What is Stevens Johnson Syndrome?

by Jun 5, 2022

Stevens Johnson Syndrome is a condition that affects the mucous membranes of the entire body – including the surface of the eyes.


About Stevens Johnson Syndrome

Also known as erythema multiforme, Stevens Johnson Syndrome is a rare condition that is an adverse autoimmune reaction to a medication, infection, systemic disease, or radiation treatment.

Stevens Johnson Syndrome is the most prevalent in the male population between twenty and forty.

This condition can cause a variety of symptoms and signs as the presentation of Stevens Johnson Syndrome can vary based on the severity of the reaction.


Signs of Stevens Johnson Syndrome

Since Stevens Johnson Syndrome is a condition affecting the mucous membranes of the body – the front of the eyes, the mouth, throat, and nose – the majority of the symptoms are related to these areas and their functions.

Sores and swelling along the walls of the mouth and the lips cause pain, difficulty swallowing, impaired speech, and – along with swelling of the nasal cavity impairs breathing.

Stevens Johnson Syndrome affects the front of the eyes and results in changes to the tear film, eyelids, and eyelashes. These changes combine to result in severe dry eye, eye pain, blurred vision, and can lead to permanent vision loss if the effects are not managed properly.


Medication Causes of Stevens Johnson Syndrome

One of the leading causes of Stevens Johnson Syndrome is medication. Stevens Johnson Syndrome results from an extreme adverse reaction to a medication and persists throughout the course of the medication treatment.

Of the medications that are associated with Stevens Johnson Syndrome, sulfonamides are the most commonly seen as a causative agent.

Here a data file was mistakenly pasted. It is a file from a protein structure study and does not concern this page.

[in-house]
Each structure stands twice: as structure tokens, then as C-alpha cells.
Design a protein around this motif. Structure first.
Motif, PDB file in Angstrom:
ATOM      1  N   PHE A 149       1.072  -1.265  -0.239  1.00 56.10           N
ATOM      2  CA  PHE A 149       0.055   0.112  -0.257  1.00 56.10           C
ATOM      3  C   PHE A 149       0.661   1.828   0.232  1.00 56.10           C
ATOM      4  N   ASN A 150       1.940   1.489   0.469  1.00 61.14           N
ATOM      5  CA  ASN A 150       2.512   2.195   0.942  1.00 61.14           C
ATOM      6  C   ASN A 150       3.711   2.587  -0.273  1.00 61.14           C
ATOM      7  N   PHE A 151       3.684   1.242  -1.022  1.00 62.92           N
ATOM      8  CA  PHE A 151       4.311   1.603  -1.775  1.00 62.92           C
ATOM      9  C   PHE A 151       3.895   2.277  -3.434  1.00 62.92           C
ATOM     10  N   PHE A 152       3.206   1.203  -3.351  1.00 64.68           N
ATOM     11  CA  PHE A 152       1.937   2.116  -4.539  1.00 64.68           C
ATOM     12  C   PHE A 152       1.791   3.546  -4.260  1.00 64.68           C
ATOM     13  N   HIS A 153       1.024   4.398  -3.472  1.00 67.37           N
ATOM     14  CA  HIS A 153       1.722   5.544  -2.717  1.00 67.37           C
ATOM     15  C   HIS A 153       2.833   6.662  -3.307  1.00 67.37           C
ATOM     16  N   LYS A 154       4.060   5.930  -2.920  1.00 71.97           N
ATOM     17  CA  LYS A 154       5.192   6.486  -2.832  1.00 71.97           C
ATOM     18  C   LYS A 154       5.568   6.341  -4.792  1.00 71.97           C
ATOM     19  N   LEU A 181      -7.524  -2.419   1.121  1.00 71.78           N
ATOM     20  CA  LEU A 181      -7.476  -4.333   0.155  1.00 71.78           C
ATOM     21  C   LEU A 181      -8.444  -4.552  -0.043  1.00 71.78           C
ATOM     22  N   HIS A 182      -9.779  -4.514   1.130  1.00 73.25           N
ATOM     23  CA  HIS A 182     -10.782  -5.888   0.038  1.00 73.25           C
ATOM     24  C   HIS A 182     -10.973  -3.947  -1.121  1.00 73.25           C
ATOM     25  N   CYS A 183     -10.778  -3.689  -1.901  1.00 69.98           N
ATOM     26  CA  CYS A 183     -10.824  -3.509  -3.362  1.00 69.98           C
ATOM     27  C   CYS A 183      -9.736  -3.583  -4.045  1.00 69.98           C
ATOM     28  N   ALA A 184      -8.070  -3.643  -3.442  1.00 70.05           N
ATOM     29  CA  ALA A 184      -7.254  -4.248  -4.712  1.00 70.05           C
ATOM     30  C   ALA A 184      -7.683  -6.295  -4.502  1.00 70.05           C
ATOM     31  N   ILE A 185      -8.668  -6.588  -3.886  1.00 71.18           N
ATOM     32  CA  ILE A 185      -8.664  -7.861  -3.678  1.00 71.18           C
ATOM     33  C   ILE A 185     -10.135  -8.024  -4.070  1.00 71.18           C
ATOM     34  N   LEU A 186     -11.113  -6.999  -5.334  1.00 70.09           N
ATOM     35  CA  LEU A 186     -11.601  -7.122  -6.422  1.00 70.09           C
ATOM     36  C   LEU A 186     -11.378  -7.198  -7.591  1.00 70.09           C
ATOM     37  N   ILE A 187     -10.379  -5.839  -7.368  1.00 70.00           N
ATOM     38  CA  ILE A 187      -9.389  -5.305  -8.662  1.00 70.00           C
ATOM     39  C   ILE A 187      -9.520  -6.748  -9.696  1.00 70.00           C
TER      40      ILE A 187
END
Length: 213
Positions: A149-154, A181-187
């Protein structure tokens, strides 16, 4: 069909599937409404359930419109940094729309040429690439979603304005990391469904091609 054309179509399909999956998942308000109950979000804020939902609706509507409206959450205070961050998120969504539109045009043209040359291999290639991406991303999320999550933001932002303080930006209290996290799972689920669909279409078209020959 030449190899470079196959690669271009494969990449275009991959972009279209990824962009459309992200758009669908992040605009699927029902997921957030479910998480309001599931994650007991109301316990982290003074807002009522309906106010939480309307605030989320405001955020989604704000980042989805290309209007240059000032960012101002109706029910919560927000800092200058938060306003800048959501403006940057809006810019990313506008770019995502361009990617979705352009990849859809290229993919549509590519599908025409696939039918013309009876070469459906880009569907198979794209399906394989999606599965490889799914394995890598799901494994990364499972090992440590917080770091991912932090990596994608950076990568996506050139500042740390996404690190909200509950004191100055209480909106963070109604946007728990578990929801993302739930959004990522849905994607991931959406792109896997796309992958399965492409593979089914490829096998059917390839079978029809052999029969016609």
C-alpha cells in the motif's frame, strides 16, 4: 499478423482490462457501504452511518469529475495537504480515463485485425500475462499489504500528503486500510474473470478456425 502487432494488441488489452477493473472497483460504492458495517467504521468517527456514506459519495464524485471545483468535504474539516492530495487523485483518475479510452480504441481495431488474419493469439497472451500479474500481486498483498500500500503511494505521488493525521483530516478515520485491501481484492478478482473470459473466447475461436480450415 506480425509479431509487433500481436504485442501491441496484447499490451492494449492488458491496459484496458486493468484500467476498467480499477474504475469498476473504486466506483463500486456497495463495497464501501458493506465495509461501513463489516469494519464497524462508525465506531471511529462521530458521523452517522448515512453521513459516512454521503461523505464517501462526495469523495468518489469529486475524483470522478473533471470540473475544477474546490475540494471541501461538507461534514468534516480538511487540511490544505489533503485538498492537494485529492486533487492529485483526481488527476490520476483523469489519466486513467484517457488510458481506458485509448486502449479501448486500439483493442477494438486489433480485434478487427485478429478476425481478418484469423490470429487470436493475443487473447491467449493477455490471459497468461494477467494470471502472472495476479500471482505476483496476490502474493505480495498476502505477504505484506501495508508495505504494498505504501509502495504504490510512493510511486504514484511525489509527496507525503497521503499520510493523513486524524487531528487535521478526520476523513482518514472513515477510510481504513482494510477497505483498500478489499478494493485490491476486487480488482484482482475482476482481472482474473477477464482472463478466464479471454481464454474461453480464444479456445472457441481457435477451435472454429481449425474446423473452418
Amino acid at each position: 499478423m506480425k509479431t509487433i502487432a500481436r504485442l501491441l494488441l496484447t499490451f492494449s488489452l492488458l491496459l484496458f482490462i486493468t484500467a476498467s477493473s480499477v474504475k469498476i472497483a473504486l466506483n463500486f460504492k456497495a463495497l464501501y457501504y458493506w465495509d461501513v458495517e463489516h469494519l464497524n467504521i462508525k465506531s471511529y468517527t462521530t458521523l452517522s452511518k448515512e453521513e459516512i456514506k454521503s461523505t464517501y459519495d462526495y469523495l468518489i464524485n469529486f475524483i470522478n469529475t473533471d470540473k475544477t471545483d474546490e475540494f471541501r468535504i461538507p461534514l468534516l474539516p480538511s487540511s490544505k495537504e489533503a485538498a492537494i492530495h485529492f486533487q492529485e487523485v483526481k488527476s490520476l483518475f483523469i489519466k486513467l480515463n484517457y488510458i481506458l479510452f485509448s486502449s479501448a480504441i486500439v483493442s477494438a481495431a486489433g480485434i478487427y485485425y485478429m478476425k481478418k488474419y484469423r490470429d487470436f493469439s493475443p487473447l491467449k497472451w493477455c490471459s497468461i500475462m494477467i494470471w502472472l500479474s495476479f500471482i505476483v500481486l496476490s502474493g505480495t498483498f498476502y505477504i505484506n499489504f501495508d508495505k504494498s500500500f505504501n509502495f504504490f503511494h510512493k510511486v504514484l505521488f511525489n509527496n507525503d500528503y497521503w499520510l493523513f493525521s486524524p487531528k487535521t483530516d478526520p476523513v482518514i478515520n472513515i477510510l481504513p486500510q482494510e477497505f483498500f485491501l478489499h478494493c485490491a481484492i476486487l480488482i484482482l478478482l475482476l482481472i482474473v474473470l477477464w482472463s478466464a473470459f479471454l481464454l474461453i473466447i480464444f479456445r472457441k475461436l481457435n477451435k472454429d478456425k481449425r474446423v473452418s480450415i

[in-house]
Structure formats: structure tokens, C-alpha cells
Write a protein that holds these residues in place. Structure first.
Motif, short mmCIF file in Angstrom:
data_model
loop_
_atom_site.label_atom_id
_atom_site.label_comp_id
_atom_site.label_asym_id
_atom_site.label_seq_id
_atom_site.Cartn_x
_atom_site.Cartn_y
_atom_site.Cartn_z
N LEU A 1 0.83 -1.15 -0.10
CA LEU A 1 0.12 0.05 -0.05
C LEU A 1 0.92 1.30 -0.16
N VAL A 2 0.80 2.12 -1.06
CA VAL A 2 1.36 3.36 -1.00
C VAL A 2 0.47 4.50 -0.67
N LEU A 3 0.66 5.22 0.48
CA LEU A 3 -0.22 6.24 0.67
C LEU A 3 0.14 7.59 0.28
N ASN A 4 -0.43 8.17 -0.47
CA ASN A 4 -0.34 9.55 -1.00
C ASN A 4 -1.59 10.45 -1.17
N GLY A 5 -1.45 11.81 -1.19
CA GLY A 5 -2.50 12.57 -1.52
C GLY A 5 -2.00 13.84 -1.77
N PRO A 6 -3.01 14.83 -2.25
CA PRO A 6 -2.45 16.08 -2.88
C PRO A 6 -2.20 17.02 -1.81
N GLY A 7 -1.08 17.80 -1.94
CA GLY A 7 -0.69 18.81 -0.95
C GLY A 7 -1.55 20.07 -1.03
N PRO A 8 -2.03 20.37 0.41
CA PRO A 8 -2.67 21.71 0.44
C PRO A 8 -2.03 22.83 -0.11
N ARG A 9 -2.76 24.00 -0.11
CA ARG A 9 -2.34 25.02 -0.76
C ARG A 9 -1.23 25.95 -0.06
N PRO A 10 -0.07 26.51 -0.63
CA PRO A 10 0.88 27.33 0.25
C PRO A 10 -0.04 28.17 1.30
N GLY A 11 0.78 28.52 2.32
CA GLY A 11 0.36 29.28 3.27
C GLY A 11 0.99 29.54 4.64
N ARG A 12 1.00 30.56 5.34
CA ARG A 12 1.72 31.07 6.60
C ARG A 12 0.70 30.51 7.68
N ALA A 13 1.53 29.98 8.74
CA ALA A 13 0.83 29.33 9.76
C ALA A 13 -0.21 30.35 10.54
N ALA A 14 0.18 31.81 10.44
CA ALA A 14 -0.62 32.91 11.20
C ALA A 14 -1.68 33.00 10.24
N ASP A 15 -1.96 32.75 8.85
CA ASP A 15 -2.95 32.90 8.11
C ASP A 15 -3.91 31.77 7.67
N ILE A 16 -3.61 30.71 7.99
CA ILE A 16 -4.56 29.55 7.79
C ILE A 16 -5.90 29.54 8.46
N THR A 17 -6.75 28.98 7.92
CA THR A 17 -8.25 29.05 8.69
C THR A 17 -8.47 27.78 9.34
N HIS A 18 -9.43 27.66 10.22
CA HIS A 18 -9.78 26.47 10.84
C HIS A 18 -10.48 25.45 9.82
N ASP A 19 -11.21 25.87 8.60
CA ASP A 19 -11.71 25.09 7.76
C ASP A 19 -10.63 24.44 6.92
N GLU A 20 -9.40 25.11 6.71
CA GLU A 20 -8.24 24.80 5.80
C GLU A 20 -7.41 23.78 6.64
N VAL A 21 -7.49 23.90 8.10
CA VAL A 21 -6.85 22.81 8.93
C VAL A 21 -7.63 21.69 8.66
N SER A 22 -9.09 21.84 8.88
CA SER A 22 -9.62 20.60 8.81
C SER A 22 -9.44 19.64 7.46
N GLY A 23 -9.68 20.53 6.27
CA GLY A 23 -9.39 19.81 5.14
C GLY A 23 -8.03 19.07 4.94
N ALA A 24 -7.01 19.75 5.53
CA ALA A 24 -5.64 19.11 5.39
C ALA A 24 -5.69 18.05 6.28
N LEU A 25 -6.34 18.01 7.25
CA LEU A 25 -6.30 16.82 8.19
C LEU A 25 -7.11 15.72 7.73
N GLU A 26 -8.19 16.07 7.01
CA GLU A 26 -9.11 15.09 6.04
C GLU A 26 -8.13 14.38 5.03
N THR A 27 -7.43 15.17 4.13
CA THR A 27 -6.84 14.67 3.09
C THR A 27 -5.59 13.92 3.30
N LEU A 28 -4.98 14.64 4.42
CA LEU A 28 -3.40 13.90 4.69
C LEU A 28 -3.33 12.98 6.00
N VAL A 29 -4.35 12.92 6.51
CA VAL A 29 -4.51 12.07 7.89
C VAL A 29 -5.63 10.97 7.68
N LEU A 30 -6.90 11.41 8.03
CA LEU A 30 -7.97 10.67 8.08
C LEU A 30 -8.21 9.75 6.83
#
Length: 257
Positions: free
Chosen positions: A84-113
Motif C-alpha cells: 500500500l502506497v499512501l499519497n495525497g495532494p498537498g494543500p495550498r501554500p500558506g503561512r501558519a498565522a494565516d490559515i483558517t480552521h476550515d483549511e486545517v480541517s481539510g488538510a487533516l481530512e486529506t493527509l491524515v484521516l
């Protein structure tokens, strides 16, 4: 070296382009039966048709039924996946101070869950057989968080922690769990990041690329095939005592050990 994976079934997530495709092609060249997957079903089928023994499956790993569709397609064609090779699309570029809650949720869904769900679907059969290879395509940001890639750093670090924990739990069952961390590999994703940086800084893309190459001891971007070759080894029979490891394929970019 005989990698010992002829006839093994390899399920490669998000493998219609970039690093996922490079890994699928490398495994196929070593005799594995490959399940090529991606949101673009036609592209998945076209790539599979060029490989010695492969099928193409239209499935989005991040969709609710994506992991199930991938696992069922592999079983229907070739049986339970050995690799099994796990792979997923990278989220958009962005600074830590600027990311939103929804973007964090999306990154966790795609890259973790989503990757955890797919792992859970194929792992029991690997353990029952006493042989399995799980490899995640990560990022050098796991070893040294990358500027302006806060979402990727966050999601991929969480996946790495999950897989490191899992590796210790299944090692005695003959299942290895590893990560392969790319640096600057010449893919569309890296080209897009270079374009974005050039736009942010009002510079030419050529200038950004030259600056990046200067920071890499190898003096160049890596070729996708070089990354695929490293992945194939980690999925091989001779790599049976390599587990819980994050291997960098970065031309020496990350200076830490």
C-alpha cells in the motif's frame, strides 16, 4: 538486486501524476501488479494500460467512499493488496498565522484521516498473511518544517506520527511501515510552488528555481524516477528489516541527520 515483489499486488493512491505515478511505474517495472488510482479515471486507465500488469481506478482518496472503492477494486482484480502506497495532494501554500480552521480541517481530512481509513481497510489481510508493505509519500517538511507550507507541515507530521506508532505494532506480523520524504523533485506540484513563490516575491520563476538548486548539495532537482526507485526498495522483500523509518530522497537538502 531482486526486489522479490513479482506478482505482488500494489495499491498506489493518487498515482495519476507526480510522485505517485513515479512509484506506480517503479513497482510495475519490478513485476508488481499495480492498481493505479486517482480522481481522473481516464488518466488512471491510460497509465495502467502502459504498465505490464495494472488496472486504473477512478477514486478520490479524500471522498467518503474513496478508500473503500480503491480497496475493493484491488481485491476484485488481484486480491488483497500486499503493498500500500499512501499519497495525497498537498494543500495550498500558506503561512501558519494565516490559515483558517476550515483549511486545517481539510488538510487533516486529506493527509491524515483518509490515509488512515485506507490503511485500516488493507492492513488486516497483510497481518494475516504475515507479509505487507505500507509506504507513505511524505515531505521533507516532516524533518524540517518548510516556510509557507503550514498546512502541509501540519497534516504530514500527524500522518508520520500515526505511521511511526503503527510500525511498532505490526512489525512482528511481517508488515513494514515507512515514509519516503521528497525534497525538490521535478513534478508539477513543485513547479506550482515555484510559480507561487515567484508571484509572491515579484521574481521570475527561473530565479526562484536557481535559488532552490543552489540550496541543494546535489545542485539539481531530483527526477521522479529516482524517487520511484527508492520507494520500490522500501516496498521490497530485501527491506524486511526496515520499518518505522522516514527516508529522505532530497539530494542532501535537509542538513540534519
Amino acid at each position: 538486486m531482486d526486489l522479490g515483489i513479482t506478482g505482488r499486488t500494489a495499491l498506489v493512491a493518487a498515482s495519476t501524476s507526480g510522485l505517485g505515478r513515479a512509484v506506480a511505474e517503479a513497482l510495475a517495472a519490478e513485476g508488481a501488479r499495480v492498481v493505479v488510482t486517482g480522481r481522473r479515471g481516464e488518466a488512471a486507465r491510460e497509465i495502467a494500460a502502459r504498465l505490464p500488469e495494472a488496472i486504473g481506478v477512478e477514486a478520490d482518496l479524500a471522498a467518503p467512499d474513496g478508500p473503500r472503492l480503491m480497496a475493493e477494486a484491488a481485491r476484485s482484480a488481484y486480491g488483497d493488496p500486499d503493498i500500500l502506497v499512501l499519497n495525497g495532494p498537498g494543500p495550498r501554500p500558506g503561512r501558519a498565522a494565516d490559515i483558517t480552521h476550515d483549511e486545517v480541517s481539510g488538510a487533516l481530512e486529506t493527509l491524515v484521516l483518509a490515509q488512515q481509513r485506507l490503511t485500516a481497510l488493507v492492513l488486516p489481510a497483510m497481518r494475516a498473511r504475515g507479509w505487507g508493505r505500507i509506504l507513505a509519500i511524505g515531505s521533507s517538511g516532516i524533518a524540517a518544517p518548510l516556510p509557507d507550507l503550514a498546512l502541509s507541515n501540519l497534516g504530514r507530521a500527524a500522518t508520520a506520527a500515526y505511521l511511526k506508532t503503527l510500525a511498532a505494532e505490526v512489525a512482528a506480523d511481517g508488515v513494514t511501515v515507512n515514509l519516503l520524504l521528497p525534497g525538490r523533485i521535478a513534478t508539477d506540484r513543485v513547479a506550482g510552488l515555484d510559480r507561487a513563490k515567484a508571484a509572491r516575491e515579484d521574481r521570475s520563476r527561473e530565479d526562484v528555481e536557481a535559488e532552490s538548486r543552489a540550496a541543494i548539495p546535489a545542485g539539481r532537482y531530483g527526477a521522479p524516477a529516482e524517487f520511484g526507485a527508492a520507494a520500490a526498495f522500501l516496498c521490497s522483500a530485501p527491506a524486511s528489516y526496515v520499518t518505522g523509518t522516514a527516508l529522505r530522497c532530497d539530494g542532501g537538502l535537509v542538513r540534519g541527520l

Sulfonamides are modified to create a vast array of different medications. Among the medications in the sulfonamide family are antibiotics like sulfamethoxazole and glaucoma medications such as acetazolamide.

Besides sulfonamides, other drug classes including penicillins, salicylates (aspirin), and barbituates like phenobarbital can induce a Stevens Johnson Syndrome reaction.


Diseases That Can Cause Stevens Johnson Syndrome

Diseases and infections can lead to a Stevens Johnson Syndrome reaction.

Collagen vascular diseases like rheumatoid arthritis, systemic lupus erythematosus, Marfan Syndrome, and Ehler-Danlos Syndrome can create an immune environment that is heightened and results in Stevens Johnson Syndrome reactions.

Infections, including bacteria and viruses, can lead to Stevens Johnson Syndrome through the reduction of normal body immune function and the subsequent increase in autoimmune reactions.

All forms of disease and infection induced Stevens Johnson Syndrome reactions are manageable along with the disease or infection with which it began.


How is Stevens Johnson Syndrome Treated?

To treat Stevens Johnson Syndrome, the causative agent must be identified. Once the cause is identified it is removed (medication), treated (infection), or managed (chronic disease).

Other than identifying and managing the causative agent, the remaining treatments are palliative to reduce the pain and other negative effects.

For the effects on the eyes, bandage contact lenses or an amniotic membrane may be used for protection of the cornea.

Additionally, steroids and antibiotics may be used to reduce the effects of systemic inflammation and a potential secondary infection, respectively.


Dr. Nathan Abraham and the staff of the Abraham Eye Center specializes in cataract surgery, LASIK, PRK, and various corneal surgeries.  Call our ophthalmologist in Valencia, CA today at 661-977-7377 or schedule an appointment online if you are interested in learning more about Stevens Johnson Syndrome.  Our eye doctor provides only the highest quality eye care and surgical services amongst eye doctors in the Valencia California area.

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